One day a couple years ago we took the Old Trolly train halfway up to the Drachenburg Castle. It is a newer castle built in 1884, located about a mile below the Drachenfels ruin and a jewel of the romantic Middle Rhine and Königswinter.
The Old Trolley Train “Drachenfelsbahn” is the oldest operated Rack or Cog Railway* in Germany. It is operated by Bergbahnen im Siebengebirge AG. The meter-gauge railway is connected with the old town of Königswinter in the Rhine Valley and the Siebengebirge, a nature preserve since 1883. It ends just below the Drachenfels summit.
For 16 years, the NRW Foundation, in collaboration with the city of Königswinter and the state of North Rhine-Westphalia, has completely restored this castle. The last scaffolding was dismantled in the summer of 2010, and the magnificent building has been shining in old splendor ever since.
The Siebengebirge nature park is one of the oldest nature reserves in Germany. In the middle of this idyll, Stephan Sarter had a dream home built in an opulent Wilhelminian style. Thanks to a new construction at the time, the work for the magnificent building was completed after only three years (1882-1884).
In the spring of 1995, the first construction work for the comprehensive restoration of the Drachenburg Castle began. In order to remove the traces left behind by WWII, many hours and 31.5 million Euros in funds were necessary.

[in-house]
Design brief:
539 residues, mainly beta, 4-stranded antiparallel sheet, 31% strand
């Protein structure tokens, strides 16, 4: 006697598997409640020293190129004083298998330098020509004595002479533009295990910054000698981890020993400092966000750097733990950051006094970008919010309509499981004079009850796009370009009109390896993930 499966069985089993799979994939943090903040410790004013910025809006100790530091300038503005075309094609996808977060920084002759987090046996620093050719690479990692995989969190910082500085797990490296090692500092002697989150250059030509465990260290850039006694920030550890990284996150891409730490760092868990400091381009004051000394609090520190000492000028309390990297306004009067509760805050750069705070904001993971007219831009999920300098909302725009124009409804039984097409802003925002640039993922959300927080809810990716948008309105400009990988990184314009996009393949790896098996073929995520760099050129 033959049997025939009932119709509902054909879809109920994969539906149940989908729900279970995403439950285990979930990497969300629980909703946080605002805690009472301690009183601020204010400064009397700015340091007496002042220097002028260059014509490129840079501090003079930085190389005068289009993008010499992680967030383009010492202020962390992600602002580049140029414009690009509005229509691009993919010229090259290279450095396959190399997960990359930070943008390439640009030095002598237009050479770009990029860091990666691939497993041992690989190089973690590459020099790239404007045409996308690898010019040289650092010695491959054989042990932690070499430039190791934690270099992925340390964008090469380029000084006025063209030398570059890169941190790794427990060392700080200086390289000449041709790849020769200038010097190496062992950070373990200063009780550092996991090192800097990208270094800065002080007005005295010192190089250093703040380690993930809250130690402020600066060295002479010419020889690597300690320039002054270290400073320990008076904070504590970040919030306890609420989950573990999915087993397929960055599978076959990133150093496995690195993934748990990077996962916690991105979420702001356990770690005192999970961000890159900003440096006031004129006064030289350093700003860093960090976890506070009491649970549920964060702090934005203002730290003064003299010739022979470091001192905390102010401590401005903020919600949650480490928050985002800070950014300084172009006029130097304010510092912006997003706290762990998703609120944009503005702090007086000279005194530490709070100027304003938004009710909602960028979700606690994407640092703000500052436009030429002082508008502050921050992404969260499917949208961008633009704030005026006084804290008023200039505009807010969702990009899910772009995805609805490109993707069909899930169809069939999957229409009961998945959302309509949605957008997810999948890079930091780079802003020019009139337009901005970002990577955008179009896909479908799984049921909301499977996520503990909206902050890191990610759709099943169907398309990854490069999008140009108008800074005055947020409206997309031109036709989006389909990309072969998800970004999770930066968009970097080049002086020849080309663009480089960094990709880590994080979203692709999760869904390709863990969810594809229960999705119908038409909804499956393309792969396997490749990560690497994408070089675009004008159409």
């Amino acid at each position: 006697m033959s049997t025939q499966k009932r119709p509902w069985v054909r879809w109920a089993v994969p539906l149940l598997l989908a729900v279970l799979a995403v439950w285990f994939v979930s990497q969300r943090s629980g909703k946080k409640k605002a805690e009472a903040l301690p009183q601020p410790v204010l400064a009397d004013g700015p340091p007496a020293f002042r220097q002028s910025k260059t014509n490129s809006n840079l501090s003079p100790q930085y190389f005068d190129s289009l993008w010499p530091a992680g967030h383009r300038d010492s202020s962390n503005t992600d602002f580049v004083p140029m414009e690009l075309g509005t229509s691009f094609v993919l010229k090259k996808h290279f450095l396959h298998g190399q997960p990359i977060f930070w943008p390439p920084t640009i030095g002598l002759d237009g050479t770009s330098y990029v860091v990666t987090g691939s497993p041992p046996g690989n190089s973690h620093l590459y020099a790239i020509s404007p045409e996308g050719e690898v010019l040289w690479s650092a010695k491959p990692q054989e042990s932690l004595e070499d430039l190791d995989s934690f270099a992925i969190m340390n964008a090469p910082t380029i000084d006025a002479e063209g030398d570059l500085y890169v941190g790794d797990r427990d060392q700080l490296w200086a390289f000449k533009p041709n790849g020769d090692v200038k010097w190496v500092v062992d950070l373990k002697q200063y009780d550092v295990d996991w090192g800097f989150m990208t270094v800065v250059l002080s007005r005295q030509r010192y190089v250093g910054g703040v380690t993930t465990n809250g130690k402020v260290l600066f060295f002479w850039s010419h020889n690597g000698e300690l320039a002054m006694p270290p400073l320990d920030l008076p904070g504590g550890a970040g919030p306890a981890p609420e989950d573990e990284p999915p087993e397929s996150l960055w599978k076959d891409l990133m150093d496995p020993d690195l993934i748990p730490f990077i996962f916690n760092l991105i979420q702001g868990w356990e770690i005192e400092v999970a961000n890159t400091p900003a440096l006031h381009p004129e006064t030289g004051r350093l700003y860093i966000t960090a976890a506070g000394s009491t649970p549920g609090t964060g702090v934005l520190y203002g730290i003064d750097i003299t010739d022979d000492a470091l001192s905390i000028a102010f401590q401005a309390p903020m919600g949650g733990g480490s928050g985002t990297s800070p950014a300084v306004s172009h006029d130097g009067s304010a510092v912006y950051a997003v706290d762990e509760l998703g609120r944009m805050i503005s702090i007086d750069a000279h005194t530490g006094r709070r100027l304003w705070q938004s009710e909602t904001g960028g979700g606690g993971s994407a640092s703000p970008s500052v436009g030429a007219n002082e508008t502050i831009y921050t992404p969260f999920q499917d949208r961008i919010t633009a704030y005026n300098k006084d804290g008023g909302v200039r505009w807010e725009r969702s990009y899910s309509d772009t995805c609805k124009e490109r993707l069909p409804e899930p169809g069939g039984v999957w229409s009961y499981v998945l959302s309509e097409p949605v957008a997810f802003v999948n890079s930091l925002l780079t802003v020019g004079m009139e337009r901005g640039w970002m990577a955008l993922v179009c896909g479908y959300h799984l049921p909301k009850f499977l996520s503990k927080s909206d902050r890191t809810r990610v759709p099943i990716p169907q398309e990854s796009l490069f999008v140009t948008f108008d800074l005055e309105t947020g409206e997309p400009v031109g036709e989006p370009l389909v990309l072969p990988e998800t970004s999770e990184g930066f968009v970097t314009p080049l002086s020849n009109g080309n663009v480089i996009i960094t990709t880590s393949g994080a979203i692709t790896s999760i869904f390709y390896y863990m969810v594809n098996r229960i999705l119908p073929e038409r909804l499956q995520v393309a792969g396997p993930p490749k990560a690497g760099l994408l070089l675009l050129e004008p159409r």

Outside and inside, the castle is characterized by earlier style epochs that have been updated in a contemporary way. Stucco ceilings in the Renaissance style were combined with baroque furniture in the bedroom and a Gothic mesh vault with a baroque balustrade in the music hall.
The previous owner, Stephan Sarter (1833–1902) had the monetary means. The son of a Bonn innkeeper became wealthy as a stockbroker on the Paris stock exchange, particularly with the financing of the Suez Canal and being a consultant to the Rothschilds.
As so many of the Gilded of the time, he wanted to show his wealth. He bought a title of nobility and commissioned the dream castle as Baron Stephan Sarter.
The delicate Venus terrace in front of the south facade and the extensive park seem to be part of an elegant palace complex, whereas the view from the North with the mighty tower is reminiscent of the fortitude of a castle. With its mix of styles, Drachenburg Castle is a prime example of the construction of historicism.
A luxury that was worthy of kings and emperors and provided for a corresponding guest list: Victoria Adelaide Mary Louisa from Great Britain and Ireland spent the night in the sovereign honorary apartment. Likewise, the Crown Prince of Greece along with his wife and Princess Charlotte zu Schaumburg-Lippe. From the reception room to the guest rooms, the lord of the castle had not saved on the furnishings and equipment.
Nature provided the most beautiful accessory: the unique view of the Rhine Valley. Sarter himself was never able to enjoy this splendor: he never lived in Drachenburg Castle.
If you take the train all the way up to the summit, you have this view from the Drachenfels Ruin